1). Maddox Specialty Company, a division of Lost World Inc., manufactures three models of gear shift components for bicycles that are sold to bicycle manufacturers, retailers, and catalog outlets. Since beginning operations in 1978, Maddox has used normal absorption costing and has assumed a first-in, first-out cost flow in its perpetual inventory system. The balances of the inventory accounts at the end of Maddox’s fiscal year, November 30, 2010, are shown below. The inventories are stated at cost before any year-end adjustments.
Finished goods $647,000
Work in process 112,500
Raw materials 264,000
Factory supplies 69,000
The following information relates to Maddox’s inventory and operations.
1. The finished goods inventory consists of the items analyzed below.
Down tube shifter
Standard model $ 67,500 $ 67,000
Click adjustment model 94,500 89,000
Deluxe model 108,000 110,000
Total down tube shifters 270,000 266,000
Bar end shifter
Standard model 83,000 90,050
Click adjustment model 99,000 97,550
Total bar end shifters 182,000 187,600
Head tube shifter
Standard model 78,000 77,650
Click adjustment model 117,000 119,300
Total head tube shifters 195,000 196,950
Total finished goods $647,000 $650,550
2. One-half of the head tube shifter finished goods inventory is held by catalog outlets on consignment.
3. Three-quarters of the bar end shifter finished goods inventory has been pledged as collateral for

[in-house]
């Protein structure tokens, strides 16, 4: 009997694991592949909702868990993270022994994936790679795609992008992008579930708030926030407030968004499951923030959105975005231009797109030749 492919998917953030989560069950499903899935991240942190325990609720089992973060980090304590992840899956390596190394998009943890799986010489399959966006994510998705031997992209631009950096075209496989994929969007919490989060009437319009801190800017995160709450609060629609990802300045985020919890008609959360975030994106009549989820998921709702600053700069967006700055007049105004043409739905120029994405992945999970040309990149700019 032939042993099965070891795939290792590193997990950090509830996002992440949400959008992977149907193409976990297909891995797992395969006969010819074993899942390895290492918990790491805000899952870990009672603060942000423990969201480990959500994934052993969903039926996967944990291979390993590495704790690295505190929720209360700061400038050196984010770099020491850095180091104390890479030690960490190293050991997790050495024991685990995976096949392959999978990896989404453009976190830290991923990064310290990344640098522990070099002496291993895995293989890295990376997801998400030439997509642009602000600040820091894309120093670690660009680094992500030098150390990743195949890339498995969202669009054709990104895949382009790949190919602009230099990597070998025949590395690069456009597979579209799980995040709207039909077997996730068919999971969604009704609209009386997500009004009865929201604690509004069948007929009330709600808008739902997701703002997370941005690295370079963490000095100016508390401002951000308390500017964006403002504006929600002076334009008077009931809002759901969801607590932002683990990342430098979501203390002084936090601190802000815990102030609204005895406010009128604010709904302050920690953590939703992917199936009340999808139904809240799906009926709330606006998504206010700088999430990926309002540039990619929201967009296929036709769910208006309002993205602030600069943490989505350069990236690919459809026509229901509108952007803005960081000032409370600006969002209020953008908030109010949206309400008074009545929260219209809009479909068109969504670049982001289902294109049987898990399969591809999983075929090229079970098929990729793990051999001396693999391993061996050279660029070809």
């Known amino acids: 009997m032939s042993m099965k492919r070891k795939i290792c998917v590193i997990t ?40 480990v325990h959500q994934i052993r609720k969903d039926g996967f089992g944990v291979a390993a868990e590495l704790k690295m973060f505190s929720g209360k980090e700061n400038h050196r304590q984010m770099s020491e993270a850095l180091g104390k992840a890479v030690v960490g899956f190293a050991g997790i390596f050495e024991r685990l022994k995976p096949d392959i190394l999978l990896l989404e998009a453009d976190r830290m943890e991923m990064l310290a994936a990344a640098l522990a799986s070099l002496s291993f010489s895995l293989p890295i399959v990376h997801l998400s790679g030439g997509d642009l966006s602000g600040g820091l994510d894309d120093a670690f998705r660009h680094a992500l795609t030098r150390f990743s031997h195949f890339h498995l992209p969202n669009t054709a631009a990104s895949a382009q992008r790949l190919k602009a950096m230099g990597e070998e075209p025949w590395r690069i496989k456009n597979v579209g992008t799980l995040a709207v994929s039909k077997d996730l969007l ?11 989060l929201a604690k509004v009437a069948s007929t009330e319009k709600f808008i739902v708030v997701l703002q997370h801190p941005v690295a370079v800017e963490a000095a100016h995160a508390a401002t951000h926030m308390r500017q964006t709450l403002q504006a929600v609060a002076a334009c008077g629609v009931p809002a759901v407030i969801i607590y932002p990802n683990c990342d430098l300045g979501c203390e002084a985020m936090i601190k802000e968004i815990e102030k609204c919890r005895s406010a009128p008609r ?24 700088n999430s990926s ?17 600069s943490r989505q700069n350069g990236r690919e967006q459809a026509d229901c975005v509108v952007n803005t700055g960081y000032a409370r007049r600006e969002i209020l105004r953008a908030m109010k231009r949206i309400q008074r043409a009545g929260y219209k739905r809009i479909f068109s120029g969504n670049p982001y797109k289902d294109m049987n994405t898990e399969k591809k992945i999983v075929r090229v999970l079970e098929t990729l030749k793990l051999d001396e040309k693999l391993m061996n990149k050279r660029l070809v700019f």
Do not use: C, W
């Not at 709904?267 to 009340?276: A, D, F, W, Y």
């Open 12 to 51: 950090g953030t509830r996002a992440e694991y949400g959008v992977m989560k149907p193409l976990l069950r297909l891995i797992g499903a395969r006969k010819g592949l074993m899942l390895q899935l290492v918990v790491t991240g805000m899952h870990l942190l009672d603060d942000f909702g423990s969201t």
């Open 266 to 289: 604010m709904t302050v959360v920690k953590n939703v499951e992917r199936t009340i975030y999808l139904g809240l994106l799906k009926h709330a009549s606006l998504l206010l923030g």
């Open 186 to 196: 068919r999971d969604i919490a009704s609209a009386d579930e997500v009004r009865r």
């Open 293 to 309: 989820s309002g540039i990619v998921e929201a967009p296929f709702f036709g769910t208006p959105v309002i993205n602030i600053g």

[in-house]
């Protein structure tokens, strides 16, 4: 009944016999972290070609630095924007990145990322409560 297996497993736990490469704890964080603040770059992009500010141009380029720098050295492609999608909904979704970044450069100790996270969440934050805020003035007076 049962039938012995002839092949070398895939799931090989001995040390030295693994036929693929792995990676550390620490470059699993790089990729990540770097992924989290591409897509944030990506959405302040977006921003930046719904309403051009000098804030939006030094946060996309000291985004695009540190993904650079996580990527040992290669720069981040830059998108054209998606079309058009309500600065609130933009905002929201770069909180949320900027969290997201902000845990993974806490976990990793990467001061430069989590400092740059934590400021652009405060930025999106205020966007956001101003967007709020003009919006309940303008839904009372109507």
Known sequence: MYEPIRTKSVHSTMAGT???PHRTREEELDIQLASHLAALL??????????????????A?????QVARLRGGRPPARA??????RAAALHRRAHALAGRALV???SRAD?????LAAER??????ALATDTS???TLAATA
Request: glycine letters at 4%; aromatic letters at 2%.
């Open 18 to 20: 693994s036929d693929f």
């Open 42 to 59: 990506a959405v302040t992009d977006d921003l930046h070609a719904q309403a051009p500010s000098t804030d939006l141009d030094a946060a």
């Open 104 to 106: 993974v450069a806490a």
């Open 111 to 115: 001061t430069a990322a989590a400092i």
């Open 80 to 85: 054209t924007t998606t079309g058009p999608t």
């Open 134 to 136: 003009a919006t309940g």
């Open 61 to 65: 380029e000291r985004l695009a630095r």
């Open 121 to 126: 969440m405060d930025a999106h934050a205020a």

a bank loan.
4. One-half of the raw materials balance represents derailleurs acquired at a contracted price 20 percent
above the current market price. The market value of the rest of the raw materials is $127,400.
5. The total market value of the work in process inventory is $108,700.
6. Included in the cost of factory supplies are obsolete items with an historical cost of $4,200. The market value of the remaining factory supplies is $65,900.
7. Maddox applies the lower-of-cost-or-market method to each of the three types of shifters in finished goods inventory. For each of the other three inventory accounts, Maddox applies the lowerof-cost-or-market method to the total of each inventory account.
8. Consider all amounts presented above to be material in relation to Maddox’s financial statements taken as a whole.
(a) Prepare the inventory section of Maddox’s balance sheet as of November 30, 2010, including any required note(s).
(b) Without prejudice to your answer to (a), assume that the market value of Maddox’s inventories is less than cost. Explain how this decline would be presented in Maddox’s income statement for the fiscal year ended November 30, 2010.
(c) Assume that Maddox has a firm purchase commitment for the same type of derailleur included in the raw materials inventory as of November 30, 2010, and that the purchase commitment is at a contracted price 15% greater than the current market price. These derailleurs are to be delivered to Maddox after November 30, 2010. Discuss the impact, if any, that this purchase commitment would have on Maddox’s financial statements prepared for the fiscal year ended November 30, 2010.